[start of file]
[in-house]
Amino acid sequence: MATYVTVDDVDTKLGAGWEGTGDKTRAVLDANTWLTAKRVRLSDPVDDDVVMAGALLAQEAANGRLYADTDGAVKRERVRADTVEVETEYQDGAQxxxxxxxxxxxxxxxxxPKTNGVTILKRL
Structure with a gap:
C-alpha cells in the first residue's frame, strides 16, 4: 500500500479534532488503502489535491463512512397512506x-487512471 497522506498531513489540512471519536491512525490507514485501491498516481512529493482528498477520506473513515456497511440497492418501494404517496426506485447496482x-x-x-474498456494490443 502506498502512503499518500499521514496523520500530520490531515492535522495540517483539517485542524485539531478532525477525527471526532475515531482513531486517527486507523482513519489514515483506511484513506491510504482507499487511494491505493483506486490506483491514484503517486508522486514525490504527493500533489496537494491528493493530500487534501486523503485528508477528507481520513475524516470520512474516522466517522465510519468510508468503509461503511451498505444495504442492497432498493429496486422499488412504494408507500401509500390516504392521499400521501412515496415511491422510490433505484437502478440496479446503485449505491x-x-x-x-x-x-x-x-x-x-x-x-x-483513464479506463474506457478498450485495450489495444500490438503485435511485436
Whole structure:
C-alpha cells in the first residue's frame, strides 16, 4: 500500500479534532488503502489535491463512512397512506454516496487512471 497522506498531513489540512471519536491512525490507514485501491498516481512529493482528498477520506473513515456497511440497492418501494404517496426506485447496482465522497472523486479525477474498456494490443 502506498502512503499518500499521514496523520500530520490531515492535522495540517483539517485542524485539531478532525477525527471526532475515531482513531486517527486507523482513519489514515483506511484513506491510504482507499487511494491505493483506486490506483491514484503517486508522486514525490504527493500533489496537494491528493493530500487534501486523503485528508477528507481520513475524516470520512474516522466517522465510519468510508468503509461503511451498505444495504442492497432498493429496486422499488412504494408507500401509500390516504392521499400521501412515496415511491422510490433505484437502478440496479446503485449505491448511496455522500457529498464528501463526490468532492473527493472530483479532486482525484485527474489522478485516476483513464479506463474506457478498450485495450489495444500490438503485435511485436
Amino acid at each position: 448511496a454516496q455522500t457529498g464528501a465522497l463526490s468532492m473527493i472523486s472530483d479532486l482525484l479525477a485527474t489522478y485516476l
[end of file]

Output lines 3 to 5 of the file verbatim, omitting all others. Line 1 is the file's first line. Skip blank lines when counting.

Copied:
Structure with a gap:
C-alpha cells in the first residue's frame, strides 16, 4: 500500500479534532488503502489535491463512512397512506x-487512471 497522506498531513489540512471519536491512525490507514485501491498516481512529493482528498477520506473513515456497511440497492418501494404517496426506485447496482x-x-x-474498456494490443 502506498502512503499518500499521514496523520500530520490531515492535522495540517483539517485542524485539531478532525477525527471526532475515531482513531486517527486507523482513519489514515483506511484513506491510504482507499487511494491505493483506486490506483491514484503517486508522486514525490504527493500533489496537494491528493493530500487534501486523503485528508477528507481520513475524516470520512474516522466517522465510519468510508468503509461503511451498505444495504442492497432498493429496486422499488412504494408507500401509500390516504392521499400521501412515496415511491422510490433505484437502478440496479446503485449505491x-x-x-x-x-x-x-x-x-x-x-x-x-483513464479506463474506457478498450485495450489495444500490438503485435511485436
Whole structure: